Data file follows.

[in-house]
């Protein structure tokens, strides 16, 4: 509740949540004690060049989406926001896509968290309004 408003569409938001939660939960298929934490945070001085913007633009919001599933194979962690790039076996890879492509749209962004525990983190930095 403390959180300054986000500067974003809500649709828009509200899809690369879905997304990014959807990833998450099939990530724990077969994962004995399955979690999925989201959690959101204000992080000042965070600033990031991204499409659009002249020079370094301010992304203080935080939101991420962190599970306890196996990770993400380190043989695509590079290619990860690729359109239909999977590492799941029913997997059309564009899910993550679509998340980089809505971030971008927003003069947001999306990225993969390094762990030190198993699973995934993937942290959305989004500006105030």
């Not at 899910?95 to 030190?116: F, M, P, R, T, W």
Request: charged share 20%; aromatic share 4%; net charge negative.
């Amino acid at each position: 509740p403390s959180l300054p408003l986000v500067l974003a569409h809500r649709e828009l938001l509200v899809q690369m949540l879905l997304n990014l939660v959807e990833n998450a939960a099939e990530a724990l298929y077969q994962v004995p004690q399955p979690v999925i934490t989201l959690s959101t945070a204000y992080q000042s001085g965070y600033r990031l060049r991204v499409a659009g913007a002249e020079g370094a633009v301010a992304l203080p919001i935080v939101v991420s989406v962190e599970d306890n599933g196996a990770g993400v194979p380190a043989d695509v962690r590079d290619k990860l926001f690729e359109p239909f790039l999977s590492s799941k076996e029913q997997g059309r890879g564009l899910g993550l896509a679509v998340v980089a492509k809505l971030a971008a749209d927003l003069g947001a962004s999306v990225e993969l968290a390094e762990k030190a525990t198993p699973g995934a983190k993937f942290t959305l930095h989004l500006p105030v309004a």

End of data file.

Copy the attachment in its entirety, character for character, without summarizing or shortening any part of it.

[in-house]
């Protein structure tokens, strides 16, 4: 509740949540004690060049989406926001896509968290309004 408003569409938001939660939960298929934490945070001085913007633009919001599933194979962690790039076996890879492509749209962004525990983190930095 403390959180300054986000500067974003809500649709828009509200899809690369879905997304990014959807990833998450099939990530724990077969994962004995399955979690999925989201959690959101204000992080000042965070600033990031991204499409659009002249020079370094301010992304203080935080939101991420962190599970306890196996990770993400380190043989695509590079290619990860690729359109239909999977590492799941029913997997059309564009899910993550679509998340980089809505971030971008927003003069947001999306990225993969390094762990030190198993699973995934993937942290959305989004500006105030």
């Not at 899910?95 to 030190?116: F, M, P, R, T, W």
Request: charged share 20%; aromatic share 4%; net charge negative.
């Amino acid at each position: 509740p403390s959180l300054p408003l986000v500067l974003a569409h809500r649709e828009l938001l509200v899809q690369m949540l879905l997304n990014l939660v959807e990833n998450a939960a099939e990530a724990l298929y077969q994962v004995p004690q399955p979690v999925i934490t989201l959690s959101t945070a204000y992080q000042s001085g965070y600033r990031l060049r991204v499409a659009g913007a002249e020079g370094a633009v301010a992304l203080p919001i935080v939101v991420s989406v962190e599970d306890n599933g196996a990770g993400v194979p380190a043989d695509v962690r590079d290619k990860l926001f690729e359109p239909f790039l999977s590492s799941k076996e029913q997997g059309r890879g564009l899910g993550l896509a679509v998340v980089a492509k809505l971030a971008a749209d927003l003069g947001a962004s999306v990225e993969l968290a390094e762990k030190a525990t198993p699973g995934a983190k993937f942290t959305l930095h989004l500006p105030v309004a």